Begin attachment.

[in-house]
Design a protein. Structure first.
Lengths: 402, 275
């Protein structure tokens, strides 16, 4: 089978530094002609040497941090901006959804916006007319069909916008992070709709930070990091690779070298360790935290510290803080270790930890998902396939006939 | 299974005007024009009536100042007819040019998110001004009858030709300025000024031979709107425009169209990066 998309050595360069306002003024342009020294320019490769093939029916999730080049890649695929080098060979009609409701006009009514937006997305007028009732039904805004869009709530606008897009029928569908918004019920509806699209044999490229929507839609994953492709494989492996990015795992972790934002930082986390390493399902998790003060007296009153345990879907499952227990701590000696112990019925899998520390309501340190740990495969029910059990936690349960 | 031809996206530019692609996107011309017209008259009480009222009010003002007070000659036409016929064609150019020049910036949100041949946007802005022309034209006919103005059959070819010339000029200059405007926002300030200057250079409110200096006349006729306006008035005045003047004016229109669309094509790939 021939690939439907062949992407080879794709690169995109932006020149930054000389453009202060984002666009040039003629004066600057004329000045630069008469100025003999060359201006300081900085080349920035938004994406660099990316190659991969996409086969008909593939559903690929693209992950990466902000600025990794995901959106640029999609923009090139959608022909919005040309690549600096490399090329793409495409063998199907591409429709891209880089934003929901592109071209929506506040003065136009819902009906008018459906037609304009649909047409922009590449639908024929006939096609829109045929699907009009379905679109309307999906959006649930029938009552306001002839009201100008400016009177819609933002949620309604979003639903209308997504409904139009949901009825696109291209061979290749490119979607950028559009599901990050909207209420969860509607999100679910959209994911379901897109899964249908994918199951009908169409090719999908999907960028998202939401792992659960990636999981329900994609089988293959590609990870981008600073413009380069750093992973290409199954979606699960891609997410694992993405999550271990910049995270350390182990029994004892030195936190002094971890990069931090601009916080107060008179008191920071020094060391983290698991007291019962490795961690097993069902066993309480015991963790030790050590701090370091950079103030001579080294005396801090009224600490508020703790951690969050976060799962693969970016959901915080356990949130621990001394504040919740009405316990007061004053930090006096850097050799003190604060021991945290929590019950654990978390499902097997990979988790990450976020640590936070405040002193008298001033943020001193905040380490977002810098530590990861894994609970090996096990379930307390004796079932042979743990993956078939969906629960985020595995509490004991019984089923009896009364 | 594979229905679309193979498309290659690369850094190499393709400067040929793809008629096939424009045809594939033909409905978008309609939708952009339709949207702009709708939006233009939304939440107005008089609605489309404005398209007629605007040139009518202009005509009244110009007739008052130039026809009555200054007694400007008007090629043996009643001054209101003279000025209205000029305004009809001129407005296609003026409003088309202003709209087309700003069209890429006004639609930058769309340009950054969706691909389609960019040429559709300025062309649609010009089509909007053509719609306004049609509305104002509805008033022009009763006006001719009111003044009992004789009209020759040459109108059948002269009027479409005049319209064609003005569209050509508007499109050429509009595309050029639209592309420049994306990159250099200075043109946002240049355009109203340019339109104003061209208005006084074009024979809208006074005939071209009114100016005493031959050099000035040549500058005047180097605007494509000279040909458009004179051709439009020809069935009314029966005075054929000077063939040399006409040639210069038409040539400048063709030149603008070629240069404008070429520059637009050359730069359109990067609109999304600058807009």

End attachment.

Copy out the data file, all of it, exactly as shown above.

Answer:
[in-house]
Design a protein. Structure first.
Lengths: 402, 275
């Protein structure tokens, strides 16, 4: 089978530094002609040497941090901006959804916006007319069909916008992070709709930070990091690779070298360790935290510290803080270790930890998902396939006939 | 299974005007024009009536100042007819040019998110001004009858030709300025000024031979709107425009169209990066 998309050595360069306002003024342009020294320019490769093939029916999730080049890649695929080098060979009609409701006009009514937006997305007028009732039904805004869009709530606008897009029928569908918004019920509806699209044999490229929507839609994953492709494989492996990015795992972790934002930082986390390493399902998790003060007296009153345990879907499952227990701590000696112990019925899998520390309501340190740990495969029910059990936690349960 | 031809996206530019692609996107011309017209008259009480009222009010003002007070000659036409016929064609150019020049910036949100041949946007802005022309034209006919103005059959070819010339000029200059405007926002300030200057250079409110200096006349006729306006008035005045003047004016229109669309094509790939 021939690939439907062949992407080879794709690169995109932006020149930054000389453009202060984002666009040039003629004066600057004329000045630069008469100025003999060359201006300081900085080349920035938004994406660099990316190659991969996409086969008909593939559903690929693209992950990466902000600025990794995901959106640029999609923009090139959608022909919005040309690549600096490399090329793409495409063998199907591409429709891209880089934003929901592109071209929506506040003065136009819902009906008018459906037609304009649909047409922009590449639908024929006939096609829109045929699907009009379905679109309307999906959006649930029938009552306001002839009201100008400016009177819609933002949620309604979003639903209308997504409904139009949901009825696109291209061979290749490119979607950028559009599901990050909207209420969860509607999100679910959209994911379901897109899964249908994918199951009908169409090719999908999907960028998202939401792992659960990636999981329900994609089988293959590609990870981008600073413009380069750093992973290409199954979606699960891609997410694992993405999550271990910049995270350390182990029994004892030195936190002094971890990069931090601009916080107060008179008191920071020094060391983290698991007291019962490795961690097993069902066993309480015991963790030790050590701090370091950079103030001579080294005396801090009224600490508020703790951690969050976060799962693969970016959901915080356990949130621990001394504040919740009405316990007061004053930090006096850097050799003190604060021991945290929590019950654990978390499902097997990979988790990450976020640590936070405040002193008298001033943020001193905040380490977002810098530590990861894994609970090996096990379930307390004796079932042979743990993956078939969906629960985020595995509490004991019984089923009896009364 | 594979229905679309193979498309290659690369850094190499393709400067040929793809008629096939424009045809594939033909409905978008309609939708952009339709949207702009709708939006233009939304939440107005008089609605489309404005398209007629605007040139009518202009005509009244110009007739008052130039026809009555200054007694400007008007090629043996009643001054209101003279000025209205000029305004009809001129407005296609003026409003088309202003709209087309700003069209890429006004639609930058769309340009950054969706691909389609960019040429559709300025062309649609010009089509909007053509719609306004049609509305104002509805008033022009009763006006001719009111003044009992004789009209020759040459109108059948002269009027479409005049319209064609003005569209050509508007499109050429509009595309050029639209592309420049994306990159250099200075043109946002240049355009109203340019339109104003061209208005006084074009024979809208006074005939071209009114100016005493031959050099000035040549500058005047180097605007494509000279040909458009004179051709439009020809069935009314029966005075054929000077063939040399006409040639210069038409040539400048063709030149603008070629240069404008070429520059637009050359730069359109990067609109999304600058807009």